On any given day in the posh Batignolles neighborhood of Paris, one can turn the corner at Rue Legendre onto Rue Nollet and follow the trail of spicy, sweet, and savory aromas to Les Secrets Gourmands de Noémie, one of the city’s most sensational cooking schools. Noémie, who graduated from one of the world’s finest (Lenotre) opens her doors to intimate groups of amateur chefs and gourmet dilettantes. For those of us who are not used to eating such elegant meals for lunch (spread half an avocado on a piece of toast and top it with a slice of tomato and voila! Annalee has lunch!), you are in for a lesson in lunchtime refinement. Light eater, meet beurre. I can still hear Noémie’s voice go down an octave as she says ‘then we add a nut of butter.’ Menu du jour: cod fillets and chorizo with red pepper sauce.
Ingredients for 8 servings:
8 pieces of thick cod fillets, 16 slices chorizo, 4 red peppers, 2 garlic cloves, 1 onion, 2 tsp tomato paste, 100 ml water, pinch of granulated sugar, olive oil, butter, salt, pepper
Preheat oven to 440 degrees F. Put peppers on baking tray and bake for about 35 minutes, turning occasionally. Peppers must be grilled perfectly. Leave at room temp in plastic zip lock bag or wrapped in aluminum foil. Peel and slice onion. Peel and crush garlic clove. Cook onion in olive oil and add garlic. Cook for a few more minutes. When peppers are cold, peel them and remove seeds. Chop and saute peppers in pan with olive oil, onion, and garlic. Sprinkle with sugar, season with salt, and add the tomato paste and water. Cook for 5-10 more minutes. Mix vegetables to get a sauce. If you like, add a spoon of liquid cream for a smoother consistency.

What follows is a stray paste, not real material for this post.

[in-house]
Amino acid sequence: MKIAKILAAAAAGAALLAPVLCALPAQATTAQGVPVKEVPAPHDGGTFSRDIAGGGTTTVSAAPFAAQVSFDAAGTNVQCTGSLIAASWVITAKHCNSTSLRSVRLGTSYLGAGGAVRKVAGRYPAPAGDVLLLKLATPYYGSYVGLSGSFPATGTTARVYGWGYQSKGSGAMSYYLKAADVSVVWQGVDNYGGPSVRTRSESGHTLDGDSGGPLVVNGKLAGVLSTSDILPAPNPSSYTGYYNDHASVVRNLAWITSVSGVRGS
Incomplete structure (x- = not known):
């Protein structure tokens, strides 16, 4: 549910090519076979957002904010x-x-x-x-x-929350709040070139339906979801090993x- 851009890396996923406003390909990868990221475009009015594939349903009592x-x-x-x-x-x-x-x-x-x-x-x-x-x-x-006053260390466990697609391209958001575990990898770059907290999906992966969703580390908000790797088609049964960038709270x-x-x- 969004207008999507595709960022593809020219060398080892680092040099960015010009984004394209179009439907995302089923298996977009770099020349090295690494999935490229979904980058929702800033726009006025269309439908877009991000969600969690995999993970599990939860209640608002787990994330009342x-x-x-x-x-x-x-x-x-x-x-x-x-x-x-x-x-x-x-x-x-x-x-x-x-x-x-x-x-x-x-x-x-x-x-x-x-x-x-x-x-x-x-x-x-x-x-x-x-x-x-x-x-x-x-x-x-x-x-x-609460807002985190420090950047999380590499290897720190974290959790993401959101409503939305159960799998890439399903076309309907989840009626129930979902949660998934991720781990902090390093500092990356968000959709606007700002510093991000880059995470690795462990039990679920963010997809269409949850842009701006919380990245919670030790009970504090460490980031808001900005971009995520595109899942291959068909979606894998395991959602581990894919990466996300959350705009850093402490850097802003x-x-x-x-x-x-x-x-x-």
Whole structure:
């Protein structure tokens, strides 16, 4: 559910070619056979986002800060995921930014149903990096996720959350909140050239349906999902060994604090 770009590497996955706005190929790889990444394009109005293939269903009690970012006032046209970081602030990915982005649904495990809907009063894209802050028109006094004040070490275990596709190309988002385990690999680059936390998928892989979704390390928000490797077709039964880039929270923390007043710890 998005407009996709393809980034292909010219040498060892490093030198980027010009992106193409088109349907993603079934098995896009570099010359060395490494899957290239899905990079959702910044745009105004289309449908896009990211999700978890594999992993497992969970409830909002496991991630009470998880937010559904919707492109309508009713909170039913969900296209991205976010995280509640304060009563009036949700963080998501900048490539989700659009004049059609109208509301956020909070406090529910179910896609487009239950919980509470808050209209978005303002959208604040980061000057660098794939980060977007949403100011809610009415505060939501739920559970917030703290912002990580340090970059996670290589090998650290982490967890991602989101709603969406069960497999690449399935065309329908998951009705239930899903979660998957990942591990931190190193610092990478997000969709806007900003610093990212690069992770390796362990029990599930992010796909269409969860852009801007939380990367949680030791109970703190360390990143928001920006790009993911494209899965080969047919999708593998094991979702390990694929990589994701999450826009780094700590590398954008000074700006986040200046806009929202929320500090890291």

In a large pan, warm 2 tbsp olive oil with a nut of butter. Season the fish fillets with salt and pepper. Saute the fillets over high heat, about 2 minutes on each side. Add chorizo slices.
Place the fish in the center of the plate. Top with chorizo slices. Spoon the pepper sauce around. Decorate with fresh herbs and serve with basmati rice or fingerling potatoes steamed in a large, heavy-bottomed pot with a few tablespoons of olive oil, garlic, salt, and pepper.